Ed Bangs, the federal Gray Wolf Recovery Coordinator, commented on the possible deal on delisting Wyoming wolves. Wyoming’s official plan for state conservation of a recovered wolf population has been rejected by U.S. Fish and Wildlife Service. Wyoming has sued to get it accepted.
In his latest Gray Wolf Recovery Progress Report, Bangs wrote:
WY newspapers (Wyoming Livestock Roundup, Casper Start Tribune, Jackson Hole News) reported that the FWS & WY are beginning to discuss a possible option that would allow approve of Wyoming’s wolf management framework and could allow delisting to be proposed for the northern Rocky Mountains.
The concept included a permanent trophy game area in NW WY that is smaller than the larger one adopted in Wyoming’s 2003 wolf management plan. That area would be enough to assure that recovery would be maintained while also allowing predatory animal status for the rest of Wyoming.
WYGF would manage for 7 wolf packs in that trophy area. If adopted in Wyoming’s regulatory framework it would allow Wyoming to immediately take advantage of the new more flexible 2005 experimental population rule and for the FWS to propose delisting.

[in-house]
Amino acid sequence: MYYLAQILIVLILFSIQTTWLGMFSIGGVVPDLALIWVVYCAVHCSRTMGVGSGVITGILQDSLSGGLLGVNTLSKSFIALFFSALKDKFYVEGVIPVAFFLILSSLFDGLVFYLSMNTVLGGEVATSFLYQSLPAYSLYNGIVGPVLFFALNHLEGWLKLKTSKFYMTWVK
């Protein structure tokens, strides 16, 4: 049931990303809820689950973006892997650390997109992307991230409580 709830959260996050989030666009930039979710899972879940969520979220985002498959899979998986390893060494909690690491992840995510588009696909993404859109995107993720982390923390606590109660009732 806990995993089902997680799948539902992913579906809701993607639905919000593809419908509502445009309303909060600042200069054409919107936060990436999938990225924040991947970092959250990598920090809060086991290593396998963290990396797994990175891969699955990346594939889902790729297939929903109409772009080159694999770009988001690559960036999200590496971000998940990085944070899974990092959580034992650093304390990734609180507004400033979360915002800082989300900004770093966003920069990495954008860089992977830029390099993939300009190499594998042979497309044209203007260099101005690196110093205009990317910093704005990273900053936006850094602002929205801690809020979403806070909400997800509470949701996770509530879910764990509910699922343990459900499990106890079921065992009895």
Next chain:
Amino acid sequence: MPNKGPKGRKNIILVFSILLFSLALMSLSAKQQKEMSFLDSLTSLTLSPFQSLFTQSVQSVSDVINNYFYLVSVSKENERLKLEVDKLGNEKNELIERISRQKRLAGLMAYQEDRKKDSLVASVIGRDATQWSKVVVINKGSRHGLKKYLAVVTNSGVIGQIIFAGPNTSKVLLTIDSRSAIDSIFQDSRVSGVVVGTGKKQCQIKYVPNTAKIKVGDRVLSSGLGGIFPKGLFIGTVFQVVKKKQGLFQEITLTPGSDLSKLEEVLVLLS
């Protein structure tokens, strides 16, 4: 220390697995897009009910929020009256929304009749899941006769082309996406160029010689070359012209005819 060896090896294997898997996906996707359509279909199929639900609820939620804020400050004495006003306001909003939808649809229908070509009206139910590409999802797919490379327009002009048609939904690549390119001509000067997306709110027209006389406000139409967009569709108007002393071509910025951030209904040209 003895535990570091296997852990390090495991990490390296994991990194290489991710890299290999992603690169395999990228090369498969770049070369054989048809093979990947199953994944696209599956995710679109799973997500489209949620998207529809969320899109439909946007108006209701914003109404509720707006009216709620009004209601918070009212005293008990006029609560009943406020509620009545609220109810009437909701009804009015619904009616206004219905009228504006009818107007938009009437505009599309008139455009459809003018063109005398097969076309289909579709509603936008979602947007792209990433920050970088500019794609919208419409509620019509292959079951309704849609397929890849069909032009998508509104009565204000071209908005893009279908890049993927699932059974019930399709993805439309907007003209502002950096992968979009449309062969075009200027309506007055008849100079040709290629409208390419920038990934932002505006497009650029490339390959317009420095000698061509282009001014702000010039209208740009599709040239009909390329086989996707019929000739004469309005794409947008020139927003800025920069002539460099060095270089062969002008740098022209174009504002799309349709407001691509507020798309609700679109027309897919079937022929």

At this point these discussion are informal and are simply part of the FWS’s continuing search for resolution of a very complex and emotional issue. Meanwhile the FWS administrative record was filed with the Wyoming District Court on the 11th, regarding the Wyoming vs DOI lawsuit which is ongoing.
Bang’s comments about it actually sound worse to me than what I had read about it in the newspapers.
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Dec. 16 More in the Casper Star Tribune today. Feds intend to offer Wyoming compromise on wolf management. “Jim Magagna, spokesman for the Wyoming Stock Growers Association, said his group objects to including private land between Meeteetse and Cody and elsewhere in the federal agency’s proposed permanent wolf area.”
If private land is excluded, this would be a truly awful proposal. Magagna, is a powerful livestock politician, so we have to speculate about his real aims.